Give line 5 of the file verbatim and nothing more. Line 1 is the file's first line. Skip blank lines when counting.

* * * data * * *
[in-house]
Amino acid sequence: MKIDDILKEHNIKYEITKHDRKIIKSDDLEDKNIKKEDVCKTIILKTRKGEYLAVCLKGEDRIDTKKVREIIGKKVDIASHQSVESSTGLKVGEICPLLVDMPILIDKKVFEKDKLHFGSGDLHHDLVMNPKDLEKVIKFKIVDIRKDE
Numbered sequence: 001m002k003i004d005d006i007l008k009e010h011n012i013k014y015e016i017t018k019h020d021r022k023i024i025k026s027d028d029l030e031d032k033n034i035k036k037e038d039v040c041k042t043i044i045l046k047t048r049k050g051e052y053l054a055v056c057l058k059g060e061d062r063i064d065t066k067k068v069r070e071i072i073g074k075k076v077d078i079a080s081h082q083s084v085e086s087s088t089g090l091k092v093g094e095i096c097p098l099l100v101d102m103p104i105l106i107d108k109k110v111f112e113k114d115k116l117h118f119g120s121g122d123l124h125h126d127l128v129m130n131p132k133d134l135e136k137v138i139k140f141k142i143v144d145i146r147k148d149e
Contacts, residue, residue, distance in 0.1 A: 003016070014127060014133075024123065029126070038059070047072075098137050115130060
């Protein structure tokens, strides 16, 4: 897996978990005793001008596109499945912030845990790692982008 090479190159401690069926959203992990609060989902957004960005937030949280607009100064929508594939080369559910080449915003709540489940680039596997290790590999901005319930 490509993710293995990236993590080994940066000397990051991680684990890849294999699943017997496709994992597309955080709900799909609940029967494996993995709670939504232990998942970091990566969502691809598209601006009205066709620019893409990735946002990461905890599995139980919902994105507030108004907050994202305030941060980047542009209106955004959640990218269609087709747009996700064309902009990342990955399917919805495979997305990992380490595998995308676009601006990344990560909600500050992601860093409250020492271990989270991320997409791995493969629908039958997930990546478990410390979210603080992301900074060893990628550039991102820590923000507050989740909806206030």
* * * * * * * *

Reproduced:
């Protein structure tokens, strides 16, 4: 897996978990005793001008596109499945912030845990790692982008 090479190159401690069926959203992990609060989902957004960005937030949280607009100064929508594939080369559910080449915003709540489940680039596997290790590999901005319930 490509993710293995990236993590080994940066000397990051991680684990890849294999699943017997496709994992597309955080709900799909609940029967494996993995709670939504232990998942970091990566969502691809598209601006009205066709620019893409990735946002990461905890599995139980919902994105507030108004907050994202305030941060980047542009209106955004959640990218269609087709747009996700064309902009990342990955399917919805495979997305990992380490595998995308676009601006990344990560909600500050992601860093409250020492271990989270991320997409791995493969629908039958997930990546478990410390979210603080992301900074060893990628550039991102820590923000507050989740909806206030």